This is the fourth and final guest post by Nathan Bush on 12 investing concepts.
CONCEPT EIGHT—FIXED INCOME (BONDS)
Unlike stocks, which are ownership in a company, bonds are a debt obligation that is owed to you. You can expect a return of the principal as well as Interest on the principal. The word Bonds is used interchangeably with Fixed Income in lots of financial literature because it is the main instrument in portfolio construction. Government Bonds are considered to be RISK FREE and therefore pay the least interest. Corporate bonds are riskier and therefore pay higher interest. Certificates of Deposits are less liquid and therefore pay more interest. Money Market accounts are the most liquid, therefore less interest. Cash is absolutely liquid, no interest. Some bonds are bought at a discount (EE Bonds) and only pay full value if held to maturity. Others are bought at Par and pay regular interest (coupons). Municipal Bonds are generally tax-exempt and therefore pay less interest. Some bonds (TIPs & I-Bonds) are inflation protected. There is a difference in interest depending on the duration of the bond.
As you can see, there are many types of bonds and bond funds.
More about Target Date Funds. These Balanced Funds have both stocks and bonds in the fund. The theory behind these funds is that younger investors should be more aggressive (more stocks than bonds) and as they approach retirement, they should become more conservative (less stocks more bonds). For example, a 30 year old in 2015 might buy a target date fund for his retirement in 2050 at age 65. The fund company might start you out in 2015 with a 90/10 asset/allocation and then adjust the A/A periodically to be at 20/80 by the year 2050. This is the one fund portfolio.
The main reason to have bonds in your portfolio is to add stability to the total. Bonds are much less volatile than stocks and even tend to go up when stocks go down. Stocks can and do swing in value sometimes as much as 50%; bonds swing in value very slowly in small increments.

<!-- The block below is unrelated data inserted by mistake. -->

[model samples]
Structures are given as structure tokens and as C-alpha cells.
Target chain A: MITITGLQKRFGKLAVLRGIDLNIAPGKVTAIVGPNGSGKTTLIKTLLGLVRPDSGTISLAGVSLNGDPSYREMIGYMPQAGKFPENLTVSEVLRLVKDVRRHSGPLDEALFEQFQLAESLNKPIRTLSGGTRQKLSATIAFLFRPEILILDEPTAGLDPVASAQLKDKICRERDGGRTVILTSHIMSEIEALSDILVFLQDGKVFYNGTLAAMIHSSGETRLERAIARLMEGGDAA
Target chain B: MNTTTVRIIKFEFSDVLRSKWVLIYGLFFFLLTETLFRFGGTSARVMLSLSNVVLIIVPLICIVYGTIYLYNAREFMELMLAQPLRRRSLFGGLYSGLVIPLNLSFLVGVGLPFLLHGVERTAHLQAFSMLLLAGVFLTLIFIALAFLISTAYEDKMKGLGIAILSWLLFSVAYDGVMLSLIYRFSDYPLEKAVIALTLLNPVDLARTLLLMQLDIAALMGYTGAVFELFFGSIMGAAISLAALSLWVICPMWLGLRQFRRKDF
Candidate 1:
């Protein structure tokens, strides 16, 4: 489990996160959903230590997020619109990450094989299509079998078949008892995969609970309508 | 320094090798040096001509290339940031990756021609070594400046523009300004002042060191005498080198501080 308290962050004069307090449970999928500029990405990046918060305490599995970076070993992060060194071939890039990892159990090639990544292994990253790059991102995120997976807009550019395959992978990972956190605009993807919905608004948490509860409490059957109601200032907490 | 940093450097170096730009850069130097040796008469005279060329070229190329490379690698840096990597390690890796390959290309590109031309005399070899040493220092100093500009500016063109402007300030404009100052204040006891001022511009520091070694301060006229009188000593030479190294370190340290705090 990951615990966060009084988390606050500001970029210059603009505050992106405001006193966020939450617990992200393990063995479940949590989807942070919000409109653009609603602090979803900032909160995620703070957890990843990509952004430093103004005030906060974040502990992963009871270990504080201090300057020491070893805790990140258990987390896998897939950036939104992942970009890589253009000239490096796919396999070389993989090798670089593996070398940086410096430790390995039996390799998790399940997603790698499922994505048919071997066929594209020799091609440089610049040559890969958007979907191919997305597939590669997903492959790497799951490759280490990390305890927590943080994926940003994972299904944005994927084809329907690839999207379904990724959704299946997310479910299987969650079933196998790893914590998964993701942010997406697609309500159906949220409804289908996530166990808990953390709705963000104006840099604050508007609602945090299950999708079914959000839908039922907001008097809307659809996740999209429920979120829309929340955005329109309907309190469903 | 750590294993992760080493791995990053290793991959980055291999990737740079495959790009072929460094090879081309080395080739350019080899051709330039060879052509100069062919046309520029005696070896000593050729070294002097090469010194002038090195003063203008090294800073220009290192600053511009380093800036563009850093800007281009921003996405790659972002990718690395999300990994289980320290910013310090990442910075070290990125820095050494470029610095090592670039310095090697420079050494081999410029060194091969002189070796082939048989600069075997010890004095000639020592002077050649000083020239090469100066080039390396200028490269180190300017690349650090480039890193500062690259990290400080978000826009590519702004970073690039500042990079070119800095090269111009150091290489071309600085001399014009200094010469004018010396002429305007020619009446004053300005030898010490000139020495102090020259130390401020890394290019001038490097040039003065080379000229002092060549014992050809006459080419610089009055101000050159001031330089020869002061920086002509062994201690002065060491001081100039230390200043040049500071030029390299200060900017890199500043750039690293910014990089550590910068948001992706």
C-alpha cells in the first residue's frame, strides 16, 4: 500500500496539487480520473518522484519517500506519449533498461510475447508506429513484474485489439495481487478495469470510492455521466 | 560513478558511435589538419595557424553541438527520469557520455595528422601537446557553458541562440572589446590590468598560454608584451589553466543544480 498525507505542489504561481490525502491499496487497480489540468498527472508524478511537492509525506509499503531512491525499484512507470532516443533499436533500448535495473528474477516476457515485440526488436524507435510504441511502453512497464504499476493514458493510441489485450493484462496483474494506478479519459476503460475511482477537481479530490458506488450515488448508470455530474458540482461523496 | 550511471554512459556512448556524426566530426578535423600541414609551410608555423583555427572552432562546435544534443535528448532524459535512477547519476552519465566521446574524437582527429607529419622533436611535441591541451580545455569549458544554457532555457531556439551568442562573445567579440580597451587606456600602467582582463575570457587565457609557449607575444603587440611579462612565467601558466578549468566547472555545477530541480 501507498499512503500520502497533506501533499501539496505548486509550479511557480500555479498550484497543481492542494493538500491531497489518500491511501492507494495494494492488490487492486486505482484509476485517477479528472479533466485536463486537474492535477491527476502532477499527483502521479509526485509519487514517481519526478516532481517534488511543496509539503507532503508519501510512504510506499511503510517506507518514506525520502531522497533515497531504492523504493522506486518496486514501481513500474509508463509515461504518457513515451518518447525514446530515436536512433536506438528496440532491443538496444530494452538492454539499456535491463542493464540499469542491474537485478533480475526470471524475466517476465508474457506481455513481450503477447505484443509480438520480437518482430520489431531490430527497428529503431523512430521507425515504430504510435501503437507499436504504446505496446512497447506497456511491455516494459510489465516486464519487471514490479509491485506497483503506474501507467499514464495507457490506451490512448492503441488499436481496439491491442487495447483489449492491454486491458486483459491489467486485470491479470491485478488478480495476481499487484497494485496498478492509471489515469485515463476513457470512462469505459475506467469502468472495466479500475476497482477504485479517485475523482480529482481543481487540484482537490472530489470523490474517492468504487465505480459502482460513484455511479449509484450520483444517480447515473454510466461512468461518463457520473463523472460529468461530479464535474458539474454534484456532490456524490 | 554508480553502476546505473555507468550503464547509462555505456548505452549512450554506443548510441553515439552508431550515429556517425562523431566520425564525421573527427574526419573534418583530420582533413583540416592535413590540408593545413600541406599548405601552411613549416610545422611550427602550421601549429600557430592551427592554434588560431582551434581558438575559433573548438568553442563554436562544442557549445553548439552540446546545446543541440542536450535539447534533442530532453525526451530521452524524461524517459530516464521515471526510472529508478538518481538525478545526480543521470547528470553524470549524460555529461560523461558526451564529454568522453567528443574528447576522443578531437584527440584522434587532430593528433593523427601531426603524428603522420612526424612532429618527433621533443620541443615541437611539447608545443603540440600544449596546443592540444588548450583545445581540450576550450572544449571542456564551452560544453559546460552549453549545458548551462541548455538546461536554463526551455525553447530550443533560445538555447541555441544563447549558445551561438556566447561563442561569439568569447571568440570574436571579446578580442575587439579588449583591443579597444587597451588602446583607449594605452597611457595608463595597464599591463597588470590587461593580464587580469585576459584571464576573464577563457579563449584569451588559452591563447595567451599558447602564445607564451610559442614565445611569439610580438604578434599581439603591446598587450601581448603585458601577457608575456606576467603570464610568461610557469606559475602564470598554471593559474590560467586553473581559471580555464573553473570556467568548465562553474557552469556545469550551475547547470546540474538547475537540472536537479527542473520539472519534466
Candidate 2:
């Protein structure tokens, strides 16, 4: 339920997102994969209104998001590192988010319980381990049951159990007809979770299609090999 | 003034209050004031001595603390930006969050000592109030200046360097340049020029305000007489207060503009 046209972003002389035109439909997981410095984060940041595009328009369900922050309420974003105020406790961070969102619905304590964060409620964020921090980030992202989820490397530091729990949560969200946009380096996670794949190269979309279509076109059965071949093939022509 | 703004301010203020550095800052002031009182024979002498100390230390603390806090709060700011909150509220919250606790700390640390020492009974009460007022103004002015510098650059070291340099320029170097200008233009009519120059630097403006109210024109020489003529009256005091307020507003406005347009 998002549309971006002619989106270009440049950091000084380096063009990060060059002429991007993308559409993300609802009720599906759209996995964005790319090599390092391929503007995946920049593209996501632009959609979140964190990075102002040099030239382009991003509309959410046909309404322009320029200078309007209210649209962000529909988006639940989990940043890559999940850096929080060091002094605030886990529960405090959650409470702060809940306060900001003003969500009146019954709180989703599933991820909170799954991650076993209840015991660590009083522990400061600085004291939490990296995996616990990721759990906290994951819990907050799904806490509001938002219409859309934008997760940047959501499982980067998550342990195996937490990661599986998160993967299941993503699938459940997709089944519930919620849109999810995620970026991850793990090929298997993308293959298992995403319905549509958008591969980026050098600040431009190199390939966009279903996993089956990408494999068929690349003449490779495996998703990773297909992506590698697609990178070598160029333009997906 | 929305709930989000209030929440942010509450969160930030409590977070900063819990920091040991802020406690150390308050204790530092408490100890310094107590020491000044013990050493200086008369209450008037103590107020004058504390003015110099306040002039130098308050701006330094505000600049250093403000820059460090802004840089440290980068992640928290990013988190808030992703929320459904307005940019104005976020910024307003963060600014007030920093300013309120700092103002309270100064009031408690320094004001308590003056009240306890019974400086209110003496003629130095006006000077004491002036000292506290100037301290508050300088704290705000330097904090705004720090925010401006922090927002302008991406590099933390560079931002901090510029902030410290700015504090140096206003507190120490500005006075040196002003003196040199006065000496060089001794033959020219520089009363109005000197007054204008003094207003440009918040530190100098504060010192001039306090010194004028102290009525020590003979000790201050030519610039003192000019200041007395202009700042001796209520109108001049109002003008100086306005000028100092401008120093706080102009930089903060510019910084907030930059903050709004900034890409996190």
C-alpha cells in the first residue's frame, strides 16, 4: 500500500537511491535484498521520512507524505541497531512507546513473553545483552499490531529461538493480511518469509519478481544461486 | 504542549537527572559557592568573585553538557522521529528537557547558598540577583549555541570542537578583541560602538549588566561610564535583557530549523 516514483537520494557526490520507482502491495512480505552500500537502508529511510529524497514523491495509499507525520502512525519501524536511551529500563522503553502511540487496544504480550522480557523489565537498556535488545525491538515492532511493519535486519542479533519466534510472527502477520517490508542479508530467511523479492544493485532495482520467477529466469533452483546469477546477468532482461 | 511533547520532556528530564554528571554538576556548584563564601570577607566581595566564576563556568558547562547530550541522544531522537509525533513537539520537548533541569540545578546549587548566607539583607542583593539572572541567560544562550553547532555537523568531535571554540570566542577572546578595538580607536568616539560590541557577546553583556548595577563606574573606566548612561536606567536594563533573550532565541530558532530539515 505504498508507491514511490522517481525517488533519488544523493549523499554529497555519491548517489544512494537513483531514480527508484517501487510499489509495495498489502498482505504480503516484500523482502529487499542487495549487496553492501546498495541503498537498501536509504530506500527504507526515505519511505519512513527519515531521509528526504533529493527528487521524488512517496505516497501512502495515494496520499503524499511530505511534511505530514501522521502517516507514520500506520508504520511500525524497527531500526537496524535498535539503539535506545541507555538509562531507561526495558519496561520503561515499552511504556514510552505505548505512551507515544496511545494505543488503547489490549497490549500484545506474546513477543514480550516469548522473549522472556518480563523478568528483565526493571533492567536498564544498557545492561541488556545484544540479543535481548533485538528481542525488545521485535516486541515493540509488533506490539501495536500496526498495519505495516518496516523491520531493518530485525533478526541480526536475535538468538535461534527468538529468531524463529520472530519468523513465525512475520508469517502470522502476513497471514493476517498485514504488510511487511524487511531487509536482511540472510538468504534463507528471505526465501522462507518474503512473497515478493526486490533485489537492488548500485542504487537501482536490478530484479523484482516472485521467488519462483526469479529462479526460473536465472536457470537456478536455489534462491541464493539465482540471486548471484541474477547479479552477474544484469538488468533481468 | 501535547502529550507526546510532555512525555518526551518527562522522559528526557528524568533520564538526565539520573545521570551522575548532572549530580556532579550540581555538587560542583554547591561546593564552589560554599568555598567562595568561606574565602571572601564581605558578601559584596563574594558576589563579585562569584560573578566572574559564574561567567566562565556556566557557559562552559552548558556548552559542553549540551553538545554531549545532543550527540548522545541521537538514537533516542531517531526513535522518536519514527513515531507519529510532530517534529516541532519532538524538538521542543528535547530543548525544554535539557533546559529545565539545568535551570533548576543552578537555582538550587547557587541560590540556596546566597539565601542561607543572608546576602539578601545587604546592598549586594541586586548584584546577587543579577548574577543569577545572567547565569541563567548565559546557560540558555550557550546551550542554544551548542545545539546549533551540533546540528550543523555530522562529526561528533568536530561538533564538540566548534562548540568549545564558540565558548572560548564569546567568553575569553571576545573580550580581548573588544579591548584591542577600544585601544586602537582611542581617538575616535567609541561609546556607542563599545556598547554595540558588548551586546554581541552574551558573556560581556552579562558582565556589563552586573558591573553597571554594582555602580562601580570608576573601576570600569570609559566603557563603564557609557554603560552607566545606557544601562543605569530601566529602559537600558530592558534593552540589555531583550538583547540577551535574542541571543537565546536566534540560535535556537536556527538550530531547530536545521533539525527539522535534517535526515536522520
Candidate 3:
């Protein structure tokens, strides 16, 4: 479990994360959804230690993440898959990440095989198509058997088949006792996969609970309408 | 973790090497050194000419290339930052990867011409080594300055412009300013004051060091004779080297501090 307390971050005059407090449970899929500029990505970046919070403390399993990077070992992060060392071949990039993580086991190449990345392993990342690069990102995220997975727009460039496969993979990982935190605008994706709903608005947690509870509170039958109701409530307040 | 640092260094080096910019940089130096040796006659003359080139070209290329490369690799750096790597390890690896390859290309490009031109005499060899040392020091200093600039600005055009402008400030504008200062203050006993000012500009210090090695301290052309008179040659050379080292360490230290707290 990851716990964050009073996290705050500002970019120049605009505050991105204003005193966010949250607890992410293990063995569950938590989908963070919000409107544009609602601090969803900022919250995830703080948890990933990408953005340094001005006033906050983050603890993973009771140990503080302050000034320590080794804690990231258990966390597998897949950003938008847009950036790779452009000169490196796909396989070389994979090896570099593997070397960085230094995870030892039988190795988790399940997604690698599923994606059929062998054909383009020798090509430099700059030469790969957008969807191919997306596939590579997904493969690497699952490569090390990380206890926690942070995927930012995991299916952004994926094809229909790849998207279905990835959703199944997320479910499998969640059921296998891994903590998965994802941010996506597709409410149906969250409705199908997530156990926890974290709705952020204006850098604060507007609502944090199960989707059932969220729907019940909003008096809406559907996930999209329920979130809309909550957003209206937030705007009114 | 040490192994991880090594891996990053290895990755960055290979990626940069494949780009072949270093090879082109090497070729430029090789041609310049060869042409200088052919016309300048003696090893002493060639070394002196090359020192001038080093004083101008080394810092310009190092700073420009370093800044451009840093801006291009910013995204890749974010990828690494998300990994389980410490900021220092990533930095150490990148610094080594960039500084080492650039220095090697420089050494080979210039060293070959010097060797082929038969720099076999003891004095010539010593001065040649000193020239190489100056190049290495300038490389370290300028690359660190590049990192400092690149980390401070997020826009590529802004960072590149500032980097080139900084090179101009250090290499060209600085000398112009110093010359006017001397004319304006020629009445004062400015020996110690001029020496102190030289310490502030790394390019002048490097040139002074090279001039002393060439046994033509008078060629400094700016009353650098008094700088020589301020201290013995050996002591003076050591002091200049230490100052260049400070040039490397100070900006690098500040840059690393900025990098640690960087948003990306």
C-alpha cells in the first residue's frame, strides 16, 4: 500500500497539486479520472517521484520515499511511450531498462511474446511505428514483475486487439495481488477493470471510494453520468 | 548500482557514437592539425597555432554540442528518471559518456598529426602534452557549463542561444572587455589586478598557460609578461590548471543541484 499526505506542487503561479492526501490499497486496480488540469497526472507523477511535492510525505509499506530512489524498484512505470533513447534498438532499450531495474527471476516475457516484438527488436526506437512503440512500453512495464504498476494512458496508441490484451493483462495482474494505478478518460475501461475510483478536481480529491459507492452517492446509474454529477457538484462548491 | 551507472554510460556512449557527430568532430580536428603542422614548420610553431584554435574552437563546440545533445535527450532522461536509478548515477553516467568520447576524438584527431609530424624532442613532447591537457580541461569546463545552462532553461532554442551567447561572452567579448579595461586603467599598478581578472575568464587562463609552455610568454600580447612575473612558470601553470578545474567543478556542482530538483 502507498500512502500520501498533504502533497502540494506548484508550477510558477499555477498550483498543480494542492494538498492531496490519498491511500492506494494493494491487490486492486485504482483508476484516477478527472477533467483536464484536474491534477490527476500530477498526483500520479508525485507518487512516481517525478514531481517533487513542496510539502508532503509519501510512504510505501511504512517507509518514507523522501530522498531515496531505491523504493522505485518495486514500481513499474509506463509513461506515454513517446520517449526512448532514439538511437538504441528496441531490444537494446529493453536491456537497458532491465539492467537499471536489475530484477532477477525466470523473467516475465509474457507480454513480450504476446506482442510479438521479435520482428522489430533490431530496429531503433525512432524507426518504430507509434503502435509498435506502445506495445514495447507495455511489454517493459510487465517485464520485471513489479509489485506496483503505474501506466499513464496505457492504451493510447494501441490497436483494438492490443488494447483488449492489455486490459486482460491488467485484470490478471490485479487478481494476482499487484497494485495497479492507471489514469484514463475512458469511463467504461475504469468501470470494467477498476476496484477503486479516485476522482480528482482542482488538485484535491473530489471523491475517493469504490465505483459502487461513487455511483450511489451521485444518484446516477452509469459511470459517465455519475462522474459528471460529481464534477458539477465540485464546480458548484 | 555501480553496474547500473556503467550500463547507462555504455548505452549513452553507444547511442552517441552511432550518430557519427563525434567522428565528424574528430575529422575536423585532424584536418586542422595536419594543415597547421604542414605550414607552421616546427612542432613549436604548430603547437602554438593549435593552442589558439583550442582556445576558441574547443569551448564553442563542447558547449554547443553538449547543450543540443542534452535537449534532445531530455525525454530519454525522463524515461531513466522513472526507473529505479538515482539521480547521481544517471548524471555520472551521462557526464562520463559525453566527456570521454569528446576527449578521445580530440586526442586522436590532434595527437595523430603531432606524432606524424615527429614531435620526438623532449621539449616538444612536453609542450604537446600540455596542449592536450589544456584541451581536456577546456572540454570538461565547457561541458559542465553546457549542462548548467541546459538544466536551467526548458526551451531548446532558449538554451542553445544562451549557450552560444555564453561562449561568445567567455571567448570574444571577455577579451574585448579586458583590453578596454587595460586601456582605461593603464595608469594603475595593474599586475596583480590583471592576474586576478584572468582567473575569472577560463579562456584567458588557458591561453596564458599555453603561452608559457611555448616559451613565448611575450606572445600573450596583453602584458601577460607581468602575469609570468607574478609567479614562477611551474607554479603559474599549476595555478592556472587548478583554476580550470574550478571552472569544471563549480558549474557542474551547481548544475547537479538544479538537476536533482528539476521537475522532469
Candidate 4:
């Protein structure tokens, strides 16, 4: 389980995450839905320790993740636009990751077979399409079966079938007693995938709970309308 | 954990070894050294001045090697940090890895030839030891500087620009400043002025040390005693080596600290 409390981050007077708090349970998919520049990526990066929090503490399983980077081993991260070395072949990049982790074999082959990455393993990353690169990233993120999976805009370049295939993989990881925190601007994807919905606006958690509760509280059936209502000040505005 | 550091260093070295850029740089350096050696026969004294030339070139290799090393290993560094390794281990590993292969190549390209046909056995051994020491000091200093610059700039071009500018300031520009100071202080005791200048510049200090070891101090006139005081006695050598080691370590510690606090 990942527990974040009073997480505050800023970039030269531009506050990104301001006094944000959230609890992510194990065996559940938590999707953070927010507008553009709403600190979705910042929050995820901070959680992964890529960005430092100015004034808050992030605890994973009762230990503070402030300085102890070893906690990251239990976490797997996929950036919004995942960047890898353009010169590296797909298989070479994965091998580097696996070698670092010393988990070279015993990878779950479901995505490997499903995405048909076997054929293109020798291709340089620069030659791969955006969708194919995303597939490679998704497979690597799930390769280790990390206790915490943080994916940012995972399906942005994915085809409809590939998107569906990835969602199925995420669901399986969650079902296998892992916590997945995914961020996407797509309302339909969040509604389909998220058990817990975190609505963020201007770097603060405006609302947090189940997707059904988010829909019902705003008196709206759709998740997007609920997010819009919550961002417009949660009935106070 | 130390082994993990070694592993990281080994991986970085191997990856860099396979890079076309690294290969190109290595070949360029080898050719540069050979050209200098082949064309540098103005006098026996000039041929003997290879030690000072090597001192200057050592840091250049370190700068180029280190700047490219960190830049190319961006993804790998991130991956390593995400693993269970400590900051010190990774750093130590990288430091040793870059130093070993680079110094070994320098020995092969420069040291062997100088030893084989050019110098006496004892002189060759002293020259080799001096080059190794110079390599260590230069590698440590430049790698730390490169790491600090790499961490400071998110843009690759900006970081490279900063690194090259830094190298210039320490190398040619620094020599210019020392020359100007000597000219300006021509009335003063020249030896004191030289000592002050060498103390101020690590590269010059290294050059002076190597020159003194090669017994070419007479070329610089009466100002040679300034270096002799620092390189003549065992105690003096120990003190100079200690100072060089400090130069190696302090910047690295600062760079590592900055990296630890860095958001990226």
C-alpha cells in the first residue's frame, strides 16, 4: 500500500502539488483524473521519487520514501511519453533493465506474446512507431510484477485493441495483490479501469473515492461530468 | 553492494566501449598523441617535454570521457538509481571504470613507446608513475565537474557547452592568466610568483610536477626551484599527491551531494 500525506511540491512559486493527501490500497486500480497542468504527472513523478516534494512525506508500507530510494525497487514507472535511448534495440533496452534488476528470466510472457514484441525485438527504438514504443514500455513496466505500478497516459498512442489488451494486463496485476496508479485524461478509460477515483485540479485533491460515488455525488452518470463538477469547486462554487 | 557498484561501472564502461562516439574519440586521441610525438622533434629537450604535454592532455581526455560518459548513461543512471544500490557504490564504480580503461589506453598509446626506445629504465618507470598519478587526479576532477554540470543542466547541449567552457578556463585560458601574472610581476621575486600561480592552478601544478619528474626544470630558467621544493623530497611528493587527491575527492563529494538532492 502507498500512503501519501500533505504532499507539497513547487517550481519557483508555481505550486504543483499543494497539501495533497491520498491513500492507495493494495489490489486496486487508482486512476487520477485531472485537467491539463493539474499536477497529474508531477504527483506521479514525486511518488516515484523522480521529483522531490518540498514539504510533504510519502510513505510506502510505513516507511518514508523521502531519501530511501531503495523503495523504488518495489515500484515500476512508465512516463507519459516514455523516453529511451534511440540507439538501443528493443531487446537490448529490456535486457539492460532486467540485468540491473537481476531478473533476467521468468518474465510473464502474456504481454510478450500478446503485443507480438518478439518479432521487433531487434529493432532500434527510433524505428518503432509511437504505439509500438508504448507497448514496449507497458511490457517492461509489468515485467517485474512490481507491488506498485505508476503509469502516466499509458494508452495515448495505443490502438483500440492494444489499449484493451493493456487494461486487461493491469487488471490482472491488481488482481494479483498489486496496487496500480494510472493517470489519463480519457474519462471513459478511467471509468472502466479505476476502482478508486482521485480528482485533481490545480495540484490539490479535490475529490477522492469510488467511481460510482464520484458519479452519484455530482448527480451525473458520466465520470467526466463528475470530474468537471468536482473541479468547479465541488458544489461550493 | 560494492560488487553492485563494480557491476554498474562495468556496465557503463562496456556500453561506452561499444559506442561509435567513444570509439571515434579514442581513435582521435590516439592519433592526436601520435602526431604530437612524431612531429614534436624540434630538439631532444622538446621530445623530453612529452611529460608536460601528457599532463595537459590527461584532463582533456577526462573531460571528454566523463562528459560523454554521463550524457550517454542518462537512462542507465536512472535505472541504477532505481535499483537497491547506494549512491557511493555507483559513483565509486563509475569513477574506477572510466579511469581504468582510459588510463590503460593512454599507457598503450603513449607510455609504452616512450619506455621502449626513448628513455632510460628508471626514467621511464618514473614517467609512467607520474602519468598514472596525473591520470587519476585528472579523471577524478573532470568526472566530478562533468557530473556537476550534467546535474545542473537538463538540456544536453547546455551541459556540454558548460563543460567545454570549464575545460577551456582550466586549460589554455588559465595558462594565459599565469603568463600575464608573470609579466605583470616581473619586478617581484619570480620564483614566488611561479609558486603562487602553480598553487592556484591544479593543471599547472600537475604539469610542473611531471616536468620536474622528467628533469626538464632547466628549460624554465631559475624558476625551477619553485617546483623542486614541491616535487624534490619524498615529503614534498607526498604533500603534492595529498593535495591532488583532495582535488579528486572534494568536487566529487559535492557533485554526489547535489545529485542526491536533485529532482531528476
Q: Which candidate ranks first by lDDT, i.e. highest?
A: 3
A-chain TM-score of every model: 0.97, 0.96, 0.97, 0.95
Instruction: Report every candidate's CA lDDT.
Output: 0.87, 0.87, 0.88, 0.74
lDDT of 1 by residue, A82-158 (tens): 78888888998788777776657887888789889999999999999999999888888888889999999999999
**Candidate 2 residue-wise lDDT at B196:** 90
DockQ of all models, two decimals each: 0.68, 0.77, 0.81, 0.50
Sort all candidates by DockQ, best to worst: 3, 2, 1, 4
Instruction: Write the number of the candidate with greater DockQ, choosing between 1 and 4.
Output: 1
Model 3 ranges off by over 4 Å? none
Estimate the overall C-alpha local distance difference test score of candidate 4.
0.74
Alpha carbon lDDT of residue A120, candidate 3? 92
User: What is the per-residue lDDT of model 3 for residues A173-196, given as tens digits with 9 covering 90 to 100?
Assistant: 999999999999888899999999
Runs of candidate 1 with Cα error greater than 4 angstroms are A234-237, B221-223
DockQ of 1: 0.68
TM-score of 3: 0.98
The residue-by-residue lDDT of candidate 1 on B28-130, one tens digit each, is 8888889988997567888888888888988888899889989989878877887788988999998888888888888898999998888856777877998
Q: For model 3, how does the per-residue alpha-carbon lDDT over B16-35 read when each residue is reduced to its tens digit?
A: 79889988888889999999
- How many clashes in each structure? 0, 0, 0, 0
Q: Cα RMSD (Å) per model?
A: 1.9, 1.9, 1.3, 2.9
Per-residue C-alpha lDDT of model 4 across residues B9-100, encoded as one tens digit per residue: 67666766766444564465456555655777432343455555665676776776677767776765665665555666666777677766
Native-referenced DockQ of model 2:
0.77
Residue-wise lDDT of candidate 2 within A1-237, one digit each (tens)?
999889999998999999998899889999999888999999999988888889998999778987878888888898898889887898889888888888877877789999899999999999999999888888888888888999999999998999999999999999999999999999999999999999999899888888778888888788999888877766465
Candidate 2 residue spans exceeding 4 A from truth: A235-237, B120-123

Stocks let you eat well. Bonds let you sleep well.
CONCEPT NINE—ALTERNATIVE INVESTMENTS
Anything that you can invest in other than stock or a bond is an Alternative Investment. Examples could be real estate, commodities, gold coins, antiques, collector cars, stamps & coins, artwork, farmland. The expectation is for price appreciation, maybe rent, maybe interest, maybe crop production income, maybe oil or timber royalties. Generally, these alternative investments are not considered part of your investment portfolio, because of an inability to rebalance or partially liquidate.
Rents and Royalties could be considered in an “Equivalent Value” calculation, much like social security with a “present value” of cash flow calculation, for asset allocation purposes. If one is receiving consistent cash flow, it is “Bond-Like” and therefore you might consider reducing the bond portion of your investment portfolio. “That’s all I’m going to say about that” – Forrest Gump.
CONCEPT TEN—TAX ADVANTAGED ACCOUNTS
Investments accounts that are treated differently for tax purpose fall into three major categories: (1) Taxed When Withdrawn, (2) Taxed Before Deposited (but never again) and (3) Conditionally Taxed.
(1) Taxed When Withdrawn—These are the most common tax advantaged accounts. Examples are 401Ks (for corporate employees), traditional IRA’s (Individual Retirement Accounts), 403Bs (for teachers and academics), and 457s (for government employees). They are administered by the employer, who deposits part of your salary (perhaps partially matched) into an account at a financial institution. The money is excluded from current income tax, and while it is there, it grows tax-free. When it is withdrawn (should be in retirement) it is taxed as “Ordinary Income”. There are restrictions on how much you can contribute per year, penalties for early withdrawal, requirements for minimum distributions (RMD’s), and some limits on what you can invest in within the account. These accounts can be “rolled over” from one employer to another or to a different type of account. There are different requirements, restrictions, and limits but they all work basically the same. Untaxed money is deposited into an account, it grows untaxed, and it is taxed when withdrawn.